Special Quadrilaterals

Unlike humans, all quadrilaterals are not created equal. It's not a matter of size I'm alluding to here, but rather a question of features. They may have a pair of parallel sides, two pairs, a right angle ….

Trapezoid

trapezoid is a quadrilateral with only one pair of opposite sides parallel. The parallel sides are called bases, and the nonparallel sides are called legs. A segment that joins the midpoints of the legs is called the median of the trapezoid. Any segment that is perpendicular to both bases is called an altitude of the trapezoid (Figure 1). The length of an altitude is called the height of the trapezoid.


Figure 1 A trapezoid with its median and an altitude.



AB and CD are bases.

XY is an altitude.

MN is the median.

XY, length of segment XY is the height.

Parallelogram

parallelogram is any quadrilateral with both pairs of opposite sides parallel. Each pair of parallel sides is called a pair of bases of the parallelogram. Any perpendicular segment between a pair of bases is called the an altitude of the parallelogram. The length of an altitude is the height of the parallelogram. The symbol  is used for the word parallelogram. Figure shows that a parallelogram has two sets of bases and that, with each set of bases, there is an associated height.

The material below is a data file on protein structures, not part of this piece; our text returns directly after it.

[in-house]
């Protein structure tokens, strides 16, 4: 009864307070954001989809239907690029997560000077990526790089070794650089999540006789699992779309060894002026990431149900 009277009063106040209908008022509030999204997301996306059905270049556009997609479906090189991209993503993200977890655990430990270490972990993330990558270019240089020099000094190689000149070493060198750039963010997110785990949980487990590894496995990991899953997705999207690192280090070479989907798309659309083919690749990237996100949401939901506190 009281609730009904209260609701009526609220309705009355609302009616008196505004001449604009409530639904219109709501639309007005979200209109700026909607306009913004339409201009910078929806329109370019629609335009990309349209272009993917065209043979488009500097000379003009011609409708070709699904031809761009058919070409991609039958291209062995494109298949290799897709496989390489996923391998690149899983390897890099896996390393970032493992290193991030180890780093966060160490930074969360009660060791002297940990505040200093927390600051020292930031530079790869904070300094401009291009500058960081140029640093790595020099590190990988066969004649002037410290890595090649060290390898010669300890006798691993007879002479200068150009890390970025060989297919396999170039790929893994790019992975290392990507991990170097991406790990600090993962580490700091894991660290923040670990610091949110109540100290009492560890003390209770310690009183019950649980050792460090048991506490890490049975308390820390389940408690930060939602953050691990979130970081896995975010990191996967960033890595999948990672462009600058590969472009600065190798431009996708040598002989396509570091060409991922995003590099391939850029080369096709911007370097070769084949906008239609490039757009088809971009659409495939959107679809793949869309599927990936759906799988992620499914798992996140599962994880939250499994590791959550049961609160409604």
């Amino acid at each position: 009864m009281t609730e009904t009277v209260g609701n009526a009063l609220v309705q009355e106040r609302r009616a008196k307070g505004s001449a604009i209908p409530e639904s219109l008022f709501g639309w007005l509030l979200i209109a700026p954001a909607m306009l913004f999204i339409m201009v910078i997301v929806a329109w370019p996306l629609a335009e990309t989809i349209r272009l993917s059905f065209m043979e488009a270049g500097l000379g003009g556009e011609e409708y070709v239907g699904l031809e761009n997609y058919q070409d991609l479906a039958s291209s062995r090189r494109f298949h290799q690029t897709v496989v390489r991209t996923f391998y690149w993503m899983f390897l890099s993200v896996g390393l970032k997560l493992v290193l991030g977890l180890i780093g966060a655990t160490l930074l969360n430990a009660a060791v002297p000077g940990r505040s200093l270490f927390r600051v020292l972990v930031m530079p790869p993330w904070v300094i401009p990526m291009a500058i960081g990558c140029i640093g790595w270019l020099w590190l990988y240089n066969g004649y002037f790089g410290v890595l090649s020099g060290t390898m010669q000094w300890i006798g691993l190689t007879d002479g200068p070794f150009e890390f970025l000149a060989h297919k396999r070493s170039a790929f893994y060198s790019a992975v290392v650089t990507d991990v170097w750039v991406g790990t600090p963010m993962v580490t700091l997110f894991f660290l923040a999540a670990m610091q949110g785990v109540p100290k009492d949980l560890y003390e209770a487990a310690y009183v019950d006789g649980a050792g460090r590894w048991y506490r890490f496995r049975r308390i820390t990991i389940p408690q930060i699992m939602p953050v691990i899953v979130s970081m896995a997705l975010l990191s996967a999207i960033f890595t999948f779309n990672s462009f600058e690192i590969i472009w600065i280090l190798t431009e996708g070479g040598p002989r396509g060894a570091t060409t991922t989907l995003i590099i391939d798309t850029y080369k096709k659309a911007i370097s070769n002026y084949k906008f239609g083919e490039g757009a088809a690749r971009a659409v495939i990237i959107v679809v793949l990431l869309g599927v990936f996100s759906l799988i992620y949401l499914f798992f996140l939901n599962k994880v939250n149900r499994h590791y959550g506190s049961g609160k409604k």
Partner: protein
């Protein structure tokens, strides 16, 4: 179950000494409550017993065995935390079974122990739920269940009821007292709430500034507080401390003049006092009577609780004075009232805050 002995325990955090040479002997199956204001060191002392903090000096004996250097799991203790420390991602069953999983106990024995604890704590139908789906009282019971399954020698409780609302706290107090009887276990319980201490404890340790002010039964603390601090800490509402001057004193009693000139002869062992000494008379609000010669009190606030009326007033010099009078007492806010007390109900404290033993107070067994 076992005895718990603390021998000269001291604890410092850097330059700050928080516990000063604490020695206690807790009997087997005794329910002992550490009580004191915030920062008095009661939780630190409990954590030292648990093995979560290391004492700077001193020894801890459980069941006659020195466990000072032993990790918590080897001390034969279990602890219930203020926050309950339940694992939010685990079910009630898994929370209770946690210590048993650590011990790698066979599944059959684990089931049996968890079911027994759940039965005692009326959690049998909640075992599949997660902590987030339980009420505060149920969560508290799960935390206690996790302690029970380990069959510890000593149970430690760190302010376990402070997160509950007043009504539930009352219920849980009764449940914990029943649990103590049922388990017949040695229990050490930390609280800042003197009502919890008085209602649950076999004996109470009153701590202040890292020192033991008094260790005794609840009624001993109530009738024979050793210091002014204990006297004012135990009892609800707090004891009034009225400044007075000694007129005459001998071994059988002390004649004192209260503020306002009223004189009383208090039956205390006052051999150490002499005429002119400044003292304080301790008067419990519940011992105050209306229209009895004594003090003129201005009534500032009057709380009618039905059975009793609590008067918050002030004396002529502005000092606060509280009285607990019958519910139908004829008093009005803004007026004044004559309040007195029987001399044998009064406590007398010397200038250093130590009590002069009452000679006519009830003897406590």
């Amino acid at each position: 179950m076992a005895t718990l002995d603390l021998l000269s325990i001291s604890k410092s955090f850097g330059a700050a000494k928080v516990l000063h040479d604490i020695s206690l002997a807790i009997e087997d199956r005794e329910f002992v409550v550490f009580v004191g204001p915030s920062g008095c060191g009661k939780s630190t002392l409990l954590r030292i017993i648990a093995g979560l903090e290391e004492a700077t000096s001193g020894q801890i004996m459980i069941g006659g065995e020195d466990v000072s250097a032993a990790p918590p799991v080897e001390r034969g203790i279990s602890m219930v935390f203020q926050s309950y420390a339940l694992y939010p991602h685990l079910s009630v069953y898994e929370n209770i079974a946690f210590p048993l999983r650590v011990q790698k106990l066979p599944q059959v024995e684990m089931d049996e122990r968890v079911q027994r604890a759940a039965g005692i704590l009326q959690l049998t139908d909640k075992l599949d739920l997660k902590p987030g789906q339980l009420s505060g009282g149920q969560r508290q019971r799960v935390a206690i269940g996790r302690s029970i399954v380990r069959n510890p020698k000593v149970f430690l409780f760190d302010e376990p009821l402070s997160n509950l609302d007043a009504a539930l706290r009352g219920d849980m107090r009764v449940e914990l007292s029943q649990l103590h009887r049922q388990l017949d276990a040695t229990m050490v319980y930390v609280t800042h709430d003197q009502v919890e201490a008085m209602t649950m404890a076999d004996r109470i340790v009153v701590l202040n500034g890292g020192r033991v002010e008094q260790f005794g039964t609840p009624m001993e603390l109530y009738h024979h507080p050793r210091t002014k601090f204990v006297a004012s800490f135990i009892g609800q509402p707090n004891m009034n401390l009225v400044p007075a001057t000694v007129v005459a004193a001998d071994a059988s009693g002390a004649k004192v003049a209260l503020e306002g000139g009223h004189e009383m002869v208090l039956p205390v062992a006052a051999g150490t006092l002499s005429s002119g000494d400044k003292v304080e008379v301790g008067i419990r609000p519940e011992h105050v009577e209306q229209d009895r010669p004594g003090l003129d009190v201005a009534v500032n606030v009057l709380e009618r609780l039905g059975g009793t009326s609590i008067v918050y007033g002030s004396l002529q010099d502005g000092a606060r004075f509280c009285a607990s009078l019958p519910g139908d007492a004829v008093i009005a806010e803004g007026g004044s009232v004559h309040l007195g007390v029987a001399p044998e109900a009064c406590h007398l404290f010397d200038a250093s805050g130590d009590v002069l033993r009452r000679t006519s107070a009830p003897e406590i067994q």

Figure 2 A parallelogram with its bases and associated heights.


In  ABCD,

XY is an altitude to bases AB and CD

JK is an altitude to bases AD and BC

XY is the height of  ABCD, with AB and CD as bases, JK is the height of  ABCD, with AD and BC as bases.

The following are theorems regarding parallelograms:

Theorem 41: A diagonal of a parallelogram divides it into two congruent triangles.

In  ABCD with diagonal BD according to Theorem 41, ΔABD ≅ Δ CDB (Figure 3).



Figure 3 Two congruent triangles created by a diagonal of a parallelogram.

Theorem 42: Opposite sides of a parallelogram are congruent.

Theorem 43: Opposite angles of a parallelogram are congruent.

Theorem 44: Consecutive angles of a parallelogram are supplementary.

In  ABCD (Figure 4:


Figure 4 A parallelogram.


  • By Theorem 42, AB = DC and AD = BC.
  • By Theorem 43, m ∠ A = m ∠ C and m ∠ B = m ∠ D.
  • By Theorem 44:
  • ∠ A and ∠ B are supplementary.
  • ∠ B and ∠ C are supplementary.
  • ∠ C and ∠ D are supplementary.
  • ∠ A and ∠D are supplementary.

Theorem 45: The diagonals of a parallelogram bisect each other.

In  ABCD (Figure 5), by Theorem 45, AE = EC and BE = ED.


Figure 5 The diagonals of a parallelogram bisect one another.